- UN Special Rapporteur on the Right to Adequate Housing, Basic Principles and Guidelines on Development-based Evictions and Displacement (2006)
The essence of these rules and standards is that interferences with protected rights will not give rise to actual violations of human rights as long as they meet three criteria:
- legality, or a basis in accessible and non-arbitrary rules of national law;
- justification, through the invocation of a pressing and concrete public interest; and
- proportionality, or guarantees that the manner in which such interferences are planned and carried out will minimize their impact on affected individuals.
In the process of seeking a resolution to the problem of the occupation of public property in Iraq, careful analysis of all three of these criteria will be necessary.
First, in assessing the legality of any proposed evictions of squatters, it is crucial to determine whether executive authorities are proceeding on the basis of valid law setting out the criteria and procedures for initiating and implementing evictions as well as the rights and obligations of persons facing eviction. Such law must be accessible to affected persons and non-arbitrary, in the sense of incorporating safeguards to ensure that evictions are undertaken only when justified and in a proportional manner. In the Iraqi context, for instance, the application of former Revolutionary Command Council (RCC) Decrees may not meet the test of legality, particularly in cases of Decision No. 36/1994, which authorizes exceptionally harsh punishments for squatters.
Second, a specific assessment of the existence of public interest justifications for evictions should be undertaken in every case where a proposal is made to remove unauthorized occupiers from a particular area or building. This implies that an undifferentiated effort to remove all squatters would not be justified, even on the basis of important public interest grounds such as asserting the rule of law or complying with legal requirements to provide apartments to qualified public servants. In fact, the current crisis provides an important opportunity to re-assess how to best achieve such goals in light of other compelling public interest needs such as the imperative of addressing Iraq’s chronic housing shortage, and the obligation to provide shelter to displaced persons.
Nevertheless, a number of concrete public interest objectives would justify evictions in specific cases. For instance, evictions might be justified on grounds such as the need to:
- ensure the flow of urban traffic or the existence of recreational and market areas in cities in cases of illegal construction along the edges of roads, in parks and squares, or in areas off limits for building in accordance with fire codes, or
- provide housing in secure areas directly to key public servants.
Third, assessment of the proportionality of proposed evictions should ensure they impose the minimum necessary burden on affected individuals while continuing to serve the public interest objectives that justify their imposition. Proportionality analysis begins by examining the question of whether the public interest identified could be served through less drastic means. In situations where evictions are not only justified but necessary, the rest of the proportionality analysis focuses on means of minimizing the effects of evictions on those forced out of their homes.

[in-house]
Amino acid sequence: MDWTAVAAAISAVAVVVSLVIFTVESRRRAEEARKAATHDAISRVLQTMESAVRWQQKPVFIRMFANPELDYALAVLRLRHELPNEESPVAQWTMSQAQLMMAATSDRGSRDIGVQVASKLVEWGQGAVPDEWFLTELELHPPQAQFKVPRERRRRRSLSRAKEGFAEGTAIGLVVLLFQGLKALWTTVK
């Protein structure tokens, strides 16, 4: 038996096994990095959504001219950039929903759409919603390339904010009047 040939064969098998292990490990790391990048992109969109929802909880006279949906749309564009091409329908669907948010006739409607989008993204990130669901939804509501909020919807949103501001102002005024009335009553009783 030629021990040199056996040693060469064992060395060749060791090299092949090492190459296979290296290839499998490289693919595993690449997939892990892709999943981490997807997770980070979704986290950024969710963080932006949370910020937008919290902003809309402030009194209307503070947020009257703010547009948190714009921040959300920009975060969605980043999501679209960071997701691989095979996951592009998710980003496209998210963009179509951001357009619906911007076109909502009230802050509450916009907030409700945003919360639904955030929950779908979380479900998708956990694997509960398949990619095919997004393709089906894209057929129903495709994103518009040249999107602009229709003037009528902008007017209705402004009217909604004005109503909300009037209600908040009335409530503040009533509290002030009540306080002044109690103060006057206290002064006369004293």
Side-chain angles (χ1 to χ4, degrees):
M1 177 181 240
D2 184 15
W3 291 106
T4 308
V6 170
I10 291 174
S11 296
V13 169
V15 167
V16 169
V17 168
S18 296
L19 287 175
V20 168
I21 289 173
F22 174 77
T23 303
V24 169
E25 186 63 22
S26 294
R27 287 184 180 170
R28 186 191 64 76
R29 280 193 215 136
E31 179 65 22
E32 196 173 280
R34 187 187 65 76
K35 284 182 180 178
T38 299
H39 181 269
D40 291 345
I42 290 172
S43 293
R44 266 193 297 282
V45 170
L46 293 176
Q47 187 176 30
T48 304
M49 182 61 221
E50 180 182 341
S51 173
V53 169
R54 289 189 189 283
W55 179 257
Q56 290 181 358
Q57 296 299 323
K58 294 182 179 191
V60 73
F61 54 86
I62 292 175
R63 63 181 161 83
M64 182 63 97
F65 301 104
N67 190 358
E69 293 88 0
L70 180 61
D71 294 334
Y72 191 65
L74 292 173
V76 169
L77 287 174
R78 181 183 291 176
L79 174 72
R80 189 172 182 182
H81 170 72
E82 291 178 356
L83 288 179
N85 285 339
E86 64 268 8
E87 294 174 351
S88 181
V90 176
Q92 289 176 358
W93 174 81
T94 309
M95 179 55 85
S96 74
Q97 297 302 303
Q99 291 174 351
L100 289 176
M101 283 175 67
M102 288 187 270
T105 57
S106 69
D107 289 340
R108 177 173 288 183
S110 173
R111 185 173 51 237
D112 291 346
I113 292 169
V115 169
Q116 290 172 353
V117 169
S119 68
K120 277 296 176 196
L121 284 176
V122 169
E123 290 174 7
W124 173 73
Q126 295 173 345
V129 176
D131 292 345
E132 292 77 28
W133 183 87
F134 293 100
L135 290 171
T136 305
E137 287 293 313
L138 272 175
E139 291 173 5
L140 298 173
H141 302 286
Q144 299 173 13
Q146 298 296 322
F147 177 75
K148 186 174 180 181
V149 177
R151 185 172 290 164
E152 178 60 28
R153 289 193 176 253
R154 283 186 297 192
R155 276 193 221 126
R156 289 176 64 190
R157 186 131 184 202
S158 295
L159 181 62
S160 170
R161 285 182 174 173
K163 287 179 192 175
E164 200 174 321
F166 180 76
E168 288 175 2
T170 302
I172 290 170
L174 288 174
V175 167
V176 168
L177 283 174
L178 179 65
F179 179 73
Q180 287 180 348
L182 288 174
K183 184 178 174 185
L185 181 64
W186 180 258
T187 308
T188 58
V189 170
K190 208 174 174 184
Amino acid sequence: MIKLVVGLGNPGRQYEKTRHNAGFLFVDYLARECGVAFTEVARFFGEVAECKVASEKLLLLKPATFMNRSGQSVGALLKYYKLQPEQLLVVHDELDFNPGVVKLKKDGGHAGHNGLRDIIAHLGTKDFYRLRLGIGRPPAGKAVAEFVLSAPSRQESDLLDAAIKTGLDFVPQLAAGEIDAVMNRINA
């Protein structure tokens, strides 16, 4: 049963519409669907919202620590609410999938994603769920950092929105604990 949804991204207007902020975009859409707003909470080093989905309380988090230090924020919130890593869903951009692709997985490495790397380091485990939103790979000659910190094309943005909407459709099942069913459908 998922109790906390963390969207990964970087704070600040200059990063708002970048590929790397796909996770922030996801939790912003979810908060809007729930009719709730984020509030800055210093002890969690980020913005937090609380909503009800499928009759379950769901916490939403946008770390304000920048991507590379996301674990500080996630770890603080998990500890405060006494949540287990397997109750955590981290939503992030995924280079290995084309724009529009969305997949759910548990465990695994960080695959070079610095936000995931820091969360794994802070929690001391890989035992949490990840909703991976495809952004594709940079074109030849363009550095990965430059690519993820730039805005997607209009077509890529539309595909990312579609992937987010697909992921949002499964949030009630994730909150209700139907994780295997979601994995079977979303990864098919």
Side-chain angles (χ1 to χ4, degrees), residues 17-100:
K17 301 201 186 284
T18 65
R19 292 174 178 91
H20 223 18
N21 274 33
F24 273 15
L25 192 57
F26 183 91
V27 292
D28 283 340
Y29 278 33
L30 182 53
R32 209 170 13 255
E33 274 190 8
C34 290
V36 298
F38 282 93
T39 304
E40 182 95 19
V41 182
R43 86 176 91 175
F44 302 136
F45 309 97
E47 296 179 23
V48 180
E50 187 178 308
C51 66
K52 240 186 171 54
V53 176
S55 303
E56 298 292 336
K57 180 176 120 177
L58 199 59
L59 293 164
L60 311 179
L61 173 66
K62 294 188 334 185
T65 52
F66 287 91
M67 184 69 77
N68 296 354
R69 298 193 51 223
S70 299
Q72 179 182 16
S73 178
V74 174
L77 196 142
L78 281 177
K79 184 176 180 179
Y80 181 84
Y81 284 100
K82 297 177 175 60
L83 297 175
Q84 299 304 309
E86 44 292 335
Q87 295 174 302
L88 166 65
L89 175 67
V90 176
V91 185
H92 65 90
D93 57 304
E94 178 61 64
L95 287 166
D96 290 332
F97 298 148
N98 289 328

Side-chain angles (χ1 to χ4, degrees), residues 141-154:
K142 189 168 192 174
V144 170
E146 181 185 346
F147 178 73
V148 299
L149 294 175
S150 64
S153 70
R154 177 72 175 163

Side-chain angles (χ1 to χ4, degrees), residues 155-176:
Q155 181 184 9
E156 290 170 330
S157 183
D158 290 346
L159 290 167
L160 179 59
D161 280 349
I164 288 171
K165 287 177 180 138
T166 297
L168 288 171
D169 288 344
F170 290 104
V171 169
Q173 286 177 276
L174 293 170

Given that squatters have not acquired property rights, formal compensation is not necessarily required, but assistance in integrating in other places will be crucial. The effect of evictions on individuals depends largely on how vulnerable they are. In this sense, “minimizing the effects” of evictions will not require a great deal of effort with regard to those squatters who are not dependent on properties they are occupying to meet their most fundamental needs. However for displaced persons, as well as the poor among Iraq’s squatters, whatever they have built on public property may represent their life savings. Moreover, the location of their current homes may be their only guarantee of continued work or educational opportunities for their children, as well as the survival of family and social networks. In such circumstances, authorities should consult with vulnerable persons facing eviction and develop relocation plans responsive to their expressed needs and compatible with Iraq’s human rights obligations.
Finally, proportionality requires that the manner in which evictions are carried out do not cause any unnecessary harm to the life, health, dignity and property of those affected and avoid the use of force wherever possible.
In concluding, I would also draw attention to a very good and concise overview of relevant property issues by Peter van der Auweraert in the proceedings of a November 2009 meeting on resolving Iraqi displacement issues held by the Brookings-Bern Project on Internal Displacement in Doha, Qatar. In his treatment of the public property occupation issue (p. 36), Peter notes both the need for differentiated responses corresponding to the level of vulnerability of various occupant groups, as well as the symbolic importance of beginning with the immediate eviction of political parties illegally occupying public buildings.